Hello everybody; I'm back home in the mountains and back on Blogger. Grant and I have been on a motorcycle trip to the Free State. It was our motorcycle association's AGM which was held in Bloemfontein. More about our trip later. I'll also get back to blog visiting soon. For now I'm posting the waning gibbous moon taken two Sundays ago.
Waning Gibbous; visibility 97%; age 16.5 days; 11 May 2017 at 6.47am
On Tuesday, the older of the two miniature horses started to breath heavily. Debbie called the vet out who immediately diagnosed horse sickness. African Horse Sickness is a highly infectious and deadly disease. Read more about this killer disease here The vet administered antibiotics and painkillers. Romeo rallied quite a bit by the afternoon. Debbie had more injections to administer that night. She and the children put the horses in the house near them so that she could monitor Romeo's progress. On Wednesday morning when I got into the big house, both horses were standing up and Romeo, especially was munching on the hay spread out on the floor as their bedding. The horses were taken outside and although Romeo didn't run about the garden, he stood quietly eating a little grass and drinking water that the children offered him. On Wednesday night the children brought the horses indoors but by Thursday morning, Romeo wasn't looking at all well. Outside in the garden he lay on his side while the children propped his head up on a bag stuffed with hay. The vet had told us to keep him on his chest or with his head propped up to avoid contracting pneumonia. Thursday lunchtime, Debbie had to run an errand and both Joshua and Eryn were exhausted from caring for the little horse. Grant sent them to sleep and I took over the horse sitting. Although his breath was terribly ragged, we all thought he didn't look like he was at death's door. I held his head on my lap and stroked him telling him he could get better. At 1.30pm Eryn and Joshua came outdoors. Grant and I had to take luggage to our next door neighbor as we're off on a motorbike tour to the Free State. We duly set off to the next door farm (which entails opening and closing four gates - yes, this is my privilege) and as we drove back into the yard 15 minutes later, Elijah ran up to the car and told us Romeo is dead. We were shattered. Namusa and Thandiwe immediately set about digging a big and deep enough grave in the garden which could take a 150 kilogram horse. When the grave was right, Namusa, Eryn, Bethany. Elijah, Joshua, Debbie and I hammocked the dear little horse from where he'd died on the lawn to the dug hole. Much sadness for the little children. And as Grant said later that night: "That brave little horse fought so hard for his life, I thought he would live..."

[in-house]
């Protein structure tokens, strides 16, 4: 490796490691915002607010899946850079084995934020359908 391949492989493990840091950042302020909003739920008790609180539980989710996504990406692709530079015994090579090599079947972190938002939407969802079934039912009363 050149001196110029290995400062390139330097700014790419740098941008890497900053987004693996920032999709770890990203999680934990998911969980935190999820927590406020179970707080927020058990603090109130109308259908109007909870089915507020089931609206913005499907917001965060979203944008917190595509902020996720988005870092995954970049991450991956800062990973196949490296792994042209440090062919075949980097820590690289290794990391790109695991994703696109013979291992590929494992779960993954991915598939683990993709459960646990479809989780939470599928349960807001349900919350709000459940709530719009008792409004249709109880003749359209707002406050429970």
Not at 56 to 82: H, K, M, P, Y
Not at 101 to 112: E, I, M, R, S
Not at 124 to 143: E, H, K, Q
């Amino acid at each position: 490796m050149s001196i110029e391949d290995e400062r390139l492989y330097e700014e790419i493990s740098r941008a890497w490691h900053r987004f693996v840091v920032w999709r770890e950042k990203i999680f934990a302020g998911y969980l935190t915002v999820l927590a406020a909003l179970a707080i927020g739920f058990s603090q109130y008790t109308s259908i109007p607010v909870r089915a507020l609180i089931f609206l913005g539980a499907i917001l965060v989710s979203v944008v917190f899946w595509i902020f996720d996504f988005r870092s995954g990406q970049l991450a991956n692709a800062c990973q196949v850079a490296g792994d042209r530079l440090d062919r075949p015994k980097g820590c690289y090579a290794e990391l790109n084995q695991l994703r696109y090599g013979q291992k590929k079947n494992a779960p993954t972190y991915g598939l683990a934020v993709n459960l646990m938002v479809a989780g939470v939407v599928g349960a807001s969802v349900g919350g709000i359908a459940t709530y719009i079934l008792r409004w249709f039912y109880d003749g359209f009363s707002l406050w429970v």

Romeo shortly after the horses arrived here three weeks ago